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How do you correct your parents?

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One day, two teenage children of a middle-aged career woman told her, “Oh mum, we would really love it, if you would reduce the way you shout at us and everyone”. The woman was baffled that her shouting made her family sad. That day, she vowed to change. Yes, anybody who wants to change can change.

What wise children! It is not everything a parent does that pleases the child/children.
How can you air your grievances to your parents, guardians, elders and seniors at your place of work without being rude? I believe that children can correct their parents without being rude or ill-mannered.

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First, as a child, you ought to honour your parents. And one of the ways to honour your parents is not to get offended or gossip about them among your siblings, when they err. When the Bible says that you should honour your father or mother, so that it may be well with you and you may live long (Eph 6:2-3), it is a very powerful promise that every wise child should invoke into his/her life. It did not say that you should honour them only when they do things that please you.

When I was in my twenties, there was a day my father was very angry with me and he said things to me, which he shouldn’t have said. The words were so harsh, but I did not allow them to pain me. I listened to all he had to say without being rude. I then tried to calmly explain without disrespecting him.

For God’s sake, this is the man who with my mother sacrificed their sleep, their time and their money to raise me and send me to school. Why should I not remember all their labour of love, but instead dishonour them just because they shouted at me? A wise child should not tell the parents the “bitter” truth. Instead, he/she should tell his/her parents the whole truth in a non- “bitter” manner.

I am not saying that a father or mother cannot get their adolescent, teenage or adult child/children) angry. All I am saying is that a child should not be angry to the point of not respecting the parents.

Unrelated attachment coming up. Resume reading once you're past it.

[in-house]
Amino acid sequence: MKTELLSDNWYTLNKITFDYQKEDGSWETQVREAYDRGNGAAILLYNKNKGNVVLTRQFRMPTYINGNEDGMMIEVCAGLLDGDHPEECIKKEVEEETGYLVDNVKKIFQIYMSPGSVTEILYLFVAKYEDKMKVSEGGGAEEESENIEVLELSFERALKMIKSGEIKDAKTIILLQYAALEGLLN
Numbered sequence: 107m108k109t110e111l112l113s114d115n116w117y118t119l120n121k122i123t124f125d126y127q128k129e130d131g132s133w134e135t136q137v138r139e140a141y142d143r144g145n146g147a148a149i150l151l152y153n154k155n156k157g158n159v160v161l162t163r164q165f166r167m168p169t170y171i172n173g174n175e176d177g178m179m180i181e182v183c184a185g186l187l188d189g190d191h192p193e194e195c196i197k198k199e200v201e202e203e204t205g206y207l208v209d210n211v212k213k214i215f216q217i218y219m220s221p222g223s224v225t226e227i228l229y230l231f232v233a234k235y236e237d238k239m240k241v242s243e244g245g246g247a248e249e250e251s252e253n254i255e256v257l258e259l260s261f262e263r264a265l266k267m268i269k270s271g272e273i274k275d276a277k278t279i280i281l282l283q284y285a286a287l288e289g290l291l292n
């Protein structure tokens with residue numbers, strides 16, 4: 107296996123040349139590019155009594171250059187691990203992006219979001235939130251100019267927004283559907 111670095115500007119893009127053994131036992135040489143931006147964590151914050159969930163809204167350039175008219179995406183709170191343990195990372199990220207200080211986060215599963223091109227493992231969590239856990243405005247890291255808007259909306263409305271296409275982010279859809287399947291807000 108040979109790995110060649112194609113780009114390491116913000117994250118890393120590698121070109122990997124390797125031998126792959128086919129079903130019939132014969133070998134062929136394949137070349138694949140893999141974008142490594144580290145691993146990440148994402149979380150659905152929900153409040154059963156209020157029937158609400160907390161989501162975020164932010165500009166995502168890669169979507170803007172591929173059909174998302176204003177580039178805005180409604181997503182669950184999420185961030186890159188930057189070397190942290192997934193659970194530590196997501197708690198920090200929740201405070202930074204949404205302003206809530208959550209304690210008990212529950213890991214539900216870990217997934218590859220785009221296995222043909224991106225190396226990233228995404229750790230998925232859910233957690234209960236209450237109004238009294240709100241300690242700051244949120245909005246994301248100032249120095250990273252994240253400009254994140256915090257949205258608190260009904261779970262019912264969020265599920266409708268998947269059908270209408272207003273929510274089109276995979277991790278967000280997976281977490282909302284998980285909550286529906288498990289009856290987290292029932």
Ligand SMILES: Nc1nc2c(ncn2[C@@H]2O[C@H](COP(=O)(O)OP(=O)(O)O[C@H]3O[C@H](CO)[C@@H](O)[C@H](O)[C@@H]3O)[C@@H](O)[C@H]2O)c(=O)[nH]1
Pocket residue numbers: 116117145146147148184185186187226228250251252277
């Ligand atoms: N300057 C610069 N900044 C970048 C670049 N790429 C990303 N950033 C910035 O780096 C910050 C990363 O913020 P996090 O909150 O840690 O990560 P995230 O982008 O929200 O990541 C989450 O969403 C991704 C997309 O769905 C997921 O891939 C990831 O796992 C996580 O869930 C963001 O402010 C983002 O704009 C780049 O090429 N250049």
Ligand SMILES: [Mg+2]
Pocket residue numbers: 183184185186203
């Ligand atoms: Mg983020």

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Instead, look for moments when they are not stressed, tired or angry. Then, with all the respect you can muster, tell them how you feel. A statement like, “Dad, I’d feel happier if you stopped drinking” is more respectful than “Dad, your drinking is bad”. Say the truth in love and with respect.

A lady who grew up in a home where the children told their parents the “bitter” truth ho ha got married to a man who grew up in a home where the children told their parents the “bitter” truth in a nice and respectful manner.

The father-in-law of this newly wedded lady said something to which the daughter-in-law replied, “Papa, it is a lie.” The father-in-law was furious and said, “Are you saying that I am telling lies?” And this caused a big family and extended family disagreement.

When her friend told her that she shouldn’t have said so, she kept wondering why she shouldn’t have said so. According to her, in the home she grew up, they used such words on their parents. She went on to say that when their father or mother is taking too long to say something, they would say, “Mummy fast forward” or “Daddy fast forward”.

This was the family culture in which she grew. Thank God that she had a friend who could advise her on the need to be wise in telling her parents or her parents-in-law not the “bitter” truth, but the whole truth in a nice way or not to say anything at all. Love you.

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